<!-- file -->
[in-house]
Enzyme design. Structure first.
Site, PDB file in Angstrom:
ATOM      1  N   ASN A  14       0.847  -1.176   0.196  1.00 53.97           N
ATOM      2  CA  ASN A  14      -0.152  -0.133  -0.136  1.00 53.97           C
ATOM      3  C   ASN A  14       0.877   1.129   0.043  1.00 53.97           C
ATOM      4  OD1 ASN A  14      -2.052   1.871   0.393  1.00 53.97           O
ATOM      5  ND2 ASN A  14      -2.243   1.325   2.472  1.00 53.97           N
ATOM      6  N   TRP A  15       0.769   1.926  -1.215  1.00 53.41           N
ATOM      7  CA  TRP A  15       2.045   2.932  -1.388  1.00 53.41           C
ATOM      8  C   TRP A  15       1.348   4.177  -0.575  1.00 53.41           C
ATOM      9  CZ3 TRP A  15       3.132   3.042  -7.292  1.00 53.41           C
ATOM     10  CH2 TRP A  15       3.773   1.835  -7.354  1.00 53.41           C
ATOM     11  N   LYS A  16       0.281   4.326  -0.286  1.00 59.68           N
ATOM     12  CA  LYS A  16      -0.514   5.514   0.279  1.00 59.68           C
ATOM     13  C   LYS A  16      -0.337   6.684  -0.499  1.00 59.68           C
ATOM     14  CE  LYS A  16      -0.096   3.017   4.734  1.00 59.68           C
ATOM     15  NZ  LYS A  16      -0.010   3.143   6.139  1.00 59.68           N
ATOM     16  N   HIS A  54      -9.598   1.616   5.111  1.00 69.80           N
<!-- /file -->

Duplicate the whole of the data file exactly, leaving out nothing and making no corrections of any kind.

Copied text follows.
[in-house]
Enzyme design. Structure first.
Site, PDB file in Angstrom:
ATOM      1  N   ASN A  14       0.847  -1.176   0.196  1.00 53.97           N
ATOM      2  CA  ASN A  14      -0.152  -0.133  -0.136  1.00 53.97           C
ATOM      3  C   ASN A  14       0.877   1.129   0.043  1.00 53.97           C
ATOM      4  OD1 ASN A  14      -2.052   1.871   0.393  1.00 53.97           O
ATOM      5  ND2 ASN A  14      -2.243   1.325   2.472  1.00 53.97           N
ATOM      6  N   TRP A  15       0.769   1.926  -1.215  1.00 53.41           N
ATOM      7  CA  TRP A  15       2.045   2.932  -1.388  1.00 53.41           C
ATOM      8  C   TRP A  15       1.348   4.177  -0.575  1.00 53.41           C
ATOM      9  CZ3 TRP A  15       3.132   3.042  -7.292  1.00 53.41           C
ATOM     10  CH2 TRP A  15       3.773   1.835  -7.354  1.00 53.41           C
ATOM     11  N   LYS A  16       0.281   4.326  -0.286  1.00 59.68           N
ATOM     12  CA  LYS A  16      -0.514   5.514   0.279  1.00 59.68           C
ATOM     13  C   LYS A  16      -0.337   6.684  -0.499  1.00 59.68           C
ATOM     14  CE  LYS A  16      -0.096   3.017   4.734  1.00 59.68           C
ATOM     15  NZ  LYS A  16      -0.010   3.143   6.139  1.00 59.68           N
ATOM     16  N   HIS A  54      -9.598   1.616   5.111  1.00 69.80           N